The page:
Risk factors for developing MS: the case for EBV gets stronger. #MSBlog #MSResearch
“The study below was a massive effort by Dr Jens Kuhle, who was generously funded by an ECTRIMS fellowship to do this work. Well done Jens!”
“This work confirms many findings, but also provides new information on an association between oligoclonal bands and raised antibody titres to EBV infection. The whole reason for doing this study was to see if there was a link between EBV infection and OCBs. This study hints at EBV being linked to OCBs. How? Maybe EBV drives the B-cell response in MS. Unfortunately, too few CISers were EBV negative in this study to test to see of EBV-ve CISers were likely to be OCB-ve; even those CISer who were ‘EBV-negative’ using the EBNA-1 antibody screen were positive with more sensitive assays. This confirms that if you have CIS and are at risk of developing clinically definite MS you are virtually assured or being EBV positive. The corollary to this is that if you are EBV negative you don’t develop CIS or MS. The Billion Dollar question is how do we keep the population EBV negative and is it wise to do so? An EBV vaccination strategy may work, but what will the consequences of getting rid of EBV in the wider population? EBV is part of our metagenome and it is one of the most co-evolved human viruses. This would imply that it must be doing something favourable at a population level for evolution to have moulded such a close relationship between humans and EBV. This is why we are focusing our attention on infectious mononucleosis (IM) which increases your risk of getting MS by a factor of two (2X). How does IM trigger the MS causal pathway? If we prevented and or treated IM would we reduce the risk of you getting MS? These are all very important questions for the future. Someone needs to answer them. If we don’t the next generation of CISers and MSers will ask why we didn’t act given the information we currently have. Despite the firm evidence that EBV plays a role in MS we still get very negative reviews when we submit grant applications to study this further. We must be doing something wrong.”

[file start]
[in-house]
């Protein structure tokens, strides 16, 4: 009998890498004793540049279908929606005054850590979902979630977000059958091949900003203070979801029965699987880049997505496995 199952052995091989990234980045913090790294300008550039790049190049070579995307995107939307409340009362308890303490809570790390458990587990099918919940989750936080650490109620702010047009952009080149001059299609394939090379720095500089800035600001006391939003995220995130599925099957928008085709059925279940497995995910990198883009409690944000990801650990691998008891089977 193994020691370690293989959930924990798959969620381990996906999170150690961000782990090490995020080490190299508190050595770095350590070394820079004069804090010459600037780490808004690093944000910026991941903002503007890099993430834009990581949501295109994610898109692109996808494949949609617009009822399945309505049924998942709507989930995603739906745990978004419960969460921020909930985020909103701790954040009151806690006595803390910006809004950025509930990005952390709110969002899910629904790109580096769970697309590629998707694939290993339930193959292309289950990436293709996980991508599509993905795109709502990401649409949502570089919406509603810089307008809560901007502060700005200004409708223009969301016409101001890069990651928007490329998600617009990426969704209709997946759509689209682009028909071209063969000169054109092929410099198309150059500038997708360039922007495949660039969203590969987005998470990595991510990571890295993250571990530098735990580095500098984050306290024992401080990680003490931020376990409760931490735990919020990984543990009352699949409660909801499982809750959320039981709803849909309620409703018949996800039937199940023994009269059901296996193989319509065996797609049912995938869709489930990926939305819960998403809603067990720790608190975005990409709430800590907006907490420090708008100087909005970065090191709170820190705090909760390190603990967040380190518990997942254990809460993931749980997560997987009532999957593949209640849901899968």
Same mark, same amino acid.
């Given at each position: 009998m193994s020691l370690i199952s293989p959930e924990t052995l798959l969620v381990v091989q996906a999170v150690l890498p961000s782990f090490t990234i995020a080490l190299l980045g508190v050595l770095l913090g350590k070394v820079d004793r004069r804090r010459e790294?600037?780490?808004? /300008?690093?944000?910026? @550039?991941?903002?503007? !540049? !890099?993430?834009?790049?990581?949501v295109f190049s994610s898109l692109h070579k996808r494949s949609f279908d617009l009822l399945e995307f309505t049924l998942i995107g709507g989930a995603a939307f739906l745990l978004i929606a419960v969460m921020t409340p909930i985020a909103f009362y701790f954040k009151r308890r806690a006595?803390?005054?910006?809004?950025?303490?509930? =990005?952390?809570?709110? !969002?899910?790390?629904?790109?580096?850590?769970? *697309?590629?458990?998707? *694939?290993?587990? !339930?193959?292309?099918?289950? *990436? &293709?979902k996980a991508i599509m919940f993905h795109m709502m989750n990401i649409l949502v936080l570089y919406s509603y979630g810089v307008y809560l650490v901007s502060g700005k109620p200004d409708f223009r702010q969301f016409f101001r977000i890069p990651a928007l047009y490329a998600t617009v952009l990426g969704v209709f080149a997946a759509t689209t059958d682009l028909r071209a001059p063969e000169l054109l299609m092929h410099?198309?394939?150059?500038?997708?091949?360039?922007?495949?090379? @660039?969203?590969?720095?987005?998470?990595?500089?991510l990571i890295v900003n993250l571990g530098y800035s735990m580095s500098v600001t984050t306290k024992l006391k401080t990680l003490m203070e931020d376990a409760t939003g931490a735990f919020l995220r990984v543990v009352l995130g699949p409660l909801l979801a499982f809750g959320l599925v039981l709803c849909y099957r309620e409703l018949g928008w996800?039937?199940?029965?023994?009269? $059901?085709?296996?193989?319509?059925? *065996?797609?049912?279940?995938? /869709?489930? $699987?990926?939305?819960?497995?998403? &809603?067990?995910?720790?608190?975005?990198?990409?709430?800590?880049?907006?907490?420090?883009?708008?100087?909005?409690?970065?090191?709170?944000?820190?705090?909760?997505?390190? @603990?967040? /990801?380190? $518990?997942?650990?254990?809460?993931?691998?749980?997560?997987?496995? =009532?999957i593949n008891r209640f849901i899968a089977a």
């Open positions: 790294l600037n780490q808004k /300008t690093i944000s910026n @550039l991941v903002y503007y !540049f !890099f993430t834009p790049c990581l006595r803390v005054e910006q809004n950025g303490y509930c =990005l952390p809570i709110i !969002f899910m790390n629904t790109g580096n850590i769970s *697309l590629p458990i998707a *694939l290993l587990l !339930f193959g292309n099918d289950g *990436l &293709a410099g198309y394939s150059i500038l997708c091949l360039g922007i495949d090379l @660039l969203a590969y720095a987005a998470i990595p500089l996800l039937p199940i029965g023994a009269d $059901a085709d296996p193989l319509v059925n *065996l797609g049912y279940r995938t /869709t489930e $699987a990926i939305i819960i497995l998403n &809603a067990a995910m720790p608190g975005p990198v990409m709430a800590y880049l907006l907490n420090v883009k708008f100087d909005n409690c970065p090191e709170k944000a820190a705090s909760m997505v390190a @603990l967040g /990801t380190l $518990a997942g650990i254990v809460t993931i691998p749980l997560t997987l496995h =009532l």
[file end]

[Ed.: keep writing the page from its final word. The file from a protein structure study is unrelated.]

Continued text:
Epub: Kuhle et al. Conversion from clinically isolated syndrome to multiple sclerosis: A large multicentre study. Mult Scler. 2015 Feb. pii: 1352458514568827.
BACKGROUND AND OBJECTIVE: We explored which clinical and biochemical variables predict conversion from clinically isolated syndrome (CIS) to clinically definite multiple sclerosis (CDMS) in a large international cohort.
METHODS: Thirty-three centres provided serum samples from 1047 CIS cases with at least two years’ follow-up. Age, sex, clinical presentation, T2-hyperintense lesions, cerebrospinal fluid (CSF) oligoclonal bands (OCBs), CSF IgG index, CSF cell count, serum 25-hydroxyvitamin D3 (25-OH-D), cotinine and IgG titres against Epstein-Barr nuclear antigen 1 (EBNA-1) and cytomegalovirus were tested for association with risk of CDMS.
RESULTS: At median follow-up of 4.31 years, 623 CIS cases converted to CDMS. Predictors of conversion in multivariable analyses were OCB (HR = 2.18, 95% CI = 1.71-2.77, p < 0.001), number of T2 lesions (two to nine lesions vs 0/1 lesions: HR = 1.97, 95% CI = 1.52-2.55, p < 0.001; >9 lesions vs 0/1 lesions: HR = 2.74, 95% CI = 2.04-3.68, p < 0.001) and age at CIS (HR per year inversely increase = 0.98, 95% CI = 0.98-0.99, p < 0.001). Lower 25-OH-D levels were associated with CDMS in univariable analysis, but this was attenuated in the multivariable model. OCB positivity was associated with higher EBNA-1 IgG titres.
CONCLUSIONS: We validated MRI lesion load, OCB and age at CIS as the strongest independent predictors of conversion to CDMS in this multicentre setting.
CoI: This work was done by TeamG who are also authors on the paper.